Dying for empanadas

Philly Fringe 2019: Recondite Tourist Activities presents Empanada Loca’

3 minute read
Rachel O’Hanlon-Rodriguez’s performance is an unnerving look at consumerism, class, and gentrification. (Photo by Rachel O'Hanlon-Rodriguez.)
Rachel O’Hanlon-Rodriguez’s performance is an unnerving look at consumerism, class, and gentrification. (Photo by Rachel O'Hanlon-Rodriguez.)

Growing up in the deep corners of the city doesn’t mean you’re safe from gentrification. Look at skyrocketing rents, new restaurants and condos replacing memories of what-used-to-be-there, and transient, aloof neighbors with their unempathetic enterprising. It’s a disaster that surely and slowly is happening. Empanada Loca, the inaugural play from new theater group Recondite Tourist Activities, examines that disaster, depositing itself in a deeper corner brimming with betrayal and trifling, toxic consumerism.

The show opens in the dark. You can’t see Dolores (played by Rachel O'Hanlon-Rodriguez), but she can see you. She’s not sure what to make of you, though. Are you a cop? she repeats in trepidation laced with agony to connect. We quickly learn just how lonely Dolores is, and how she’s been holding on to a story that she’s dying for someone to listen to. She’s not okay living alone in the abandoned tunnels under Washington Heights in New York City, even though she says she does just fine in her new home.

Luckily, it’s only you who’s come to listen.

Seeing the light

When the dim tungsten light comes on, Dolores reveals herself. In a hoodie hiding much of her face at first, she’s enthusiastic about her space, particularly the massage table that she carried with her from the scene of many crimes that happened at one of the last family businesses standing: Empanada Loca.

Dolores’s dialogue first unravels a story about a young love she had while she took care of her father, a troubled, indulgent man who died from choking on his own vomit. That’s when things start to get plainly gritty. When the young love falls apart, Dolores’s life spirals into a twisted mess that reveals far more about the people around her than herself.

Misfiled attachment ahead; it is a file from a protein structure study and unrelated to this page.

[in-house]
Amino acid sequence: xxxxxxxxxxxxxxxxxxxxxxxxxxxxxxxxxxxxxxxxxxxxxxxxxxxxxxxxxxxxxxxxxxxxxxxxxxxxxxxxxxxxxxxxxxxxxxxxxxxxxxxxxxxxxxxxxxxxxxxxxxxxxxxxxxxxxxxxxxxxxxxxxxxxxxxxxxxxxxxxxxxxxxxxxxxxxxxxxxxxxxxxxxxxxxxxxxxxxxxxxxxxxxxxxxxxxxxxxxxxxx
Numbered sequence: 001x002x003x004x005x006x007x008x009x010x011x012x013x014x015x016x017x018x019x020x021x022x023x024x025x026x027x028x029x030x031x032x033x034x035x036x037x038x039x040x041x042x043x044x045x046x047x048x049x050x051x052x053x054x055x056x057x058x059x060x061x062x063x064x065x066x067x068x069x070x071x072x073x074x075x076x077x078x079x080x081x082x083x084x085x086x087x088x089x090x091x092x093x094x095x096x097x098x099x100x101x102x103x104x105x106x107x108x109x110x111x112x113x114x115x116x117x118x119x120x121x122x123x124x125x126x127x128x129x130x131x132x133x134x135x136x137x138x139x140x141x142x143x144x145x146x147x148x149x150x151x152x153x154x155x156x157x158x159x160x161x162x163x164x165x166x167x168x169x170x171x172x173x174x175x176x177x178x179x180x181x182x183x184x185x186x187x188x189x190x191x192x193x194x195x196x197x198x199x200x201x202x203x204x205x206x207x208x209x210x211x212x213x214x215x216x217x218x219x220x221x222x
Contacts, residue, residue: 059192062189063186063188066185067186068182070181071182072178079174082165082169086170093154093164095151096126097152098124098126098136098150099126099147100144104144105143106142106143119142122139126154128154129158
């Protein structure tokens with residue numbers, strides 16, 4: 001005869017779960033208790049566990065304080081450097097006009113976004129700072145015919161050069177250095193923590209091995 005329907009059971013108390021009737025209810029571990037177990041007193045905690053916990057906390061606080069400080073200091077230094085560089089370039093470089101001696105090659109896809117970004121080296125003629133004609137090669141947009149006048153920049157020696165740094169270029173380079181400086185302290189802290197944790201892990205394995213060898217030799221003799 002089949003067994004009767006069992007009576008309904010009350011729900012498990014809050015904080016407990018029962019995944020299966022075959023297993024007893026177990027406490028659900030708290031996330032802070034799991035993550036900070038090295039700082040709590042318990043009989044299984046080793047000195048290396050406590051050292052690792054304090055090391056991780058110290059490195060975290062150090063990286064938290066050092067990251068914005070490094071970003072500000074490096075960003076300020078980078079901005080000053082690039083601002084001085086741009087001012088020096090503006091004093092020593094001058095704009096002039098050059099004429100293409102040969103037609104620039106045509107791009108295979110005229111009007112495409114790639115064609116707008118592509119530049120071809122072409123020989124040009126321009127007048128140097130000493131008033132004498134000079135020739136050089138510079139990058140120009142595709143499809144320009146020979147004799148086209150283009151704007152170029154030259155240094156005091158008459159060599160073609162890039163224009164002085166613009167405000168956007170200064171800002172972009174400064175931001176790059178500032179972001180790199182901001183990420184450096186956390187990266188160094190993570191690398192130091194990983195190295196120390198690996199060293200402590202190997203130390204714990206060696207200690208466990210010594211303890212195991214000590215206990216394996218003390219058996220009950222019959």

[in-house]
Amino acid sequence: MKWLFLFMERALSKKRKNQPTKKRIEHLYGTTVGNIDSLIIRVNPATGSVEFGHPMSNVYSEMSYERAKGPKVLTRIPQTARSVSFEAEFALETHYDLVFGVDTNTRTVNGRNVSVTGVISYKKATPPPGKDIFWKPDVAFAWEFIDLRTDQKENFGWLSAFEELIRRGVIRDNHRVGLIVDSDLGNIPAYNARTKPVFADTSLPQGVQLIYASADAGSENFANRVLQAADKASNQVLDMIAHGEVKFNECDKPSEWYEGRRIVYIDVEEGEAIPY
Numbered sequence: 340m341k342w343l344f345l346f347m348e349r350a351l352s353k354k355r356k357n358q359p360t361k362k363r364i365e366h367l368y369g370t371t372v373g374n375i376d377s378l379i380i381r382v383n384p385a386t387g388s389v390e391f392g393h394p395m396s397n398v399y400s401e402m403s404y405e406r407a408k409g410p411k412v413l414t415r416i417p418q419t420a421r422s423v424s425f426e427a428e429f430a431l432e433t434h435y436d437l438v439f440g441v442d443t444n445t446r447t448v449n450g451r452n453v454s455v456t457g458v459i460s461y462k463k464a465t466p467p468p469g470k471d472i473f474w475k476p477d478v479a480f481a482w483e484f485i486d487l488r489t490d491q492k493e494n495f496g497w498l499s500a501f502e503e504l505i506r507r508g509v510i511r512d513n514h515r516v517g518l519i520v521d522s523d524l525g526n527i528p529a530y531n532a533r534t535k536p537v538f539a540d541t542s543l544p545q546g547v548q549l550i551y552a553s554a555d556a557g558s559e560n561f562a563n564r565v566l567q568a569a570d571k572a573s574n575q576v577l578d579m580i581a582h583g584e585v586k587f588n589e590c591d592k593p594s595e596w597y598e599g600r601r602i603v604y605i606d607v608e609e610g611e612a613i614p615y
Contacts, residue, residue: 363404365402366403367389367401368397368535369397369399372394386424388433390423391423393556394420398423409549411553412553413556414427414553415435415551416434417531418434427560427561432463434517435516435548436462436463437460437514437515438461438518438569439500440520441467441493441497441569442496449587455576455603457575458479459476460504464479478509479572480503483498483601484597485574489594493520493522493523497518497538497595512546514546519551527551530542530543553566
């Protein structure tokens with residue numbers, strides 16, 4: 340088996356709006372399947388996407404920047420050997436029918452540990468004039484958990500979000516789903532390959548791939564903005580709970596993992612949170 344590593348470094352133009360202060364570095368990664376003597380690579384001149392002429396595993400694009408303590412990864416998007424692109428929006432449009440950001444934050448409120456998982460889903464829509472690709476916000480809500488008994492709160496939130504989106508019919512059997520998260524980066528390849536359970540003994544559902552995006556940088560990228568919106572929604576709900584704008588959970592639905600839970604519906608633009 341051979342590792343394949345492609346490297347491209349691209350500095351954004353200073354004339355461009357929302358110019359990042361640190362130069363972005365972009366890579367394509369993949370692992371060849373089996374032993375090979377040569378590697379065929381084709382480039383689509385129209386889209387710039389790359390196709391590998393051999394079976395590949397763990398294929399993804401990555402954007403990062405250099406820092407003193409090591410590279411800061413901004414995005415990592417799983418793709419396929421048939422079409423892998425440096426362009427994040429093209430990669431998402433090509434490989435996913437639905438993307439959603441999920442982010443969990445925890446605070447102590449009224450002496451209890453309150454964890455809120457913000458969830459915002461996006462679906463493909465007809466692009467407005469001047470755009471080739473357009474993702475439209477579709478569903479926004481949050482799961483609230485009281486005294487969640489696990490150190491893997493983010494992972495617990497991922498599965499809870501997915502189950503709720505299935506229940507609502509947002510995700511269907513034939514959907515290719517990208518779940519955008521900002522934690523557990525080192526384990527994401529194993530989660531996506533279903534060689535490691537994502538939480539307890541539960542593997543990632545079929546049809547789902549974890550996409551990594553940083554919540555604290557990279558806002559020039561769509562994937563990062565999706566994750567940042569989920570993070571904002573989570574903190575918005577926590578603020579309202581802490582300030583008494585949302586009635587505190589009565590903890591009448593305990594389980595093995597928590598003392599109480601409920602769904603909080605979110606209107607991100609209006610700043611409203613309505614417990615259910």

This includes the people who have invaded and gentrified her neighborhood since she was gone, locked away for something she hadn’t done.

Empanada Loca still stood, though, giving her a chance at redemption on the coattails of the new populace, who just love these crazy, unusual empanadas.

Kneading uncomfortable truths

O'Hanlon-Rodriguez conveys a compelling, feverish story that is as invigorating as it is exhausting, as she illustrates the anxious recreants involved with Empanada Loca. From the money-hungry landlord who wants to shut the place down to the last living family member of the Empanada Loca bloodline, these people, as much as they embody the evils of consumerism, aren’t wholly evil. Turned over inside them is desperation to stay alive, muddled in calamitous secrets diffused by Dolores’s attentive heeding and her magical, killer massages.

Estamos locos

Empanada Loca is a rapid, unrelenting performance that spirals into a bloody, gruesome place. With a simple set, there is no visual representation of that spiral. It’s all in our heads, and Dolores grips your attention and feeds it with uncomfortable but fastidious revelations about how we consume, how we build on top of each other, and how we carelessly destroy the roots of a neighborhood that may or may not be ours. This lack of design makes it more terrifying: how could we possibly imagine something this twisted in our own heads? And how certain can we be that this “Grand Guignol” of a show isn’t, to some extent, true?

Tinged with Sweeney Todd vibes that pulse distressingly close to home, Empanada Loca is an arduous tale of one woman’s clash with class and gentrification. Don’t overlook it.

What, When, Where

Empanada Loca. By Aaron Mark. Through September 21, 2019 at Panorama Philly, 5213 Grays Avenue, Philadelphia. (215) 413-1318 or

Panorama Philly performance spaces are accessible only by stairs.

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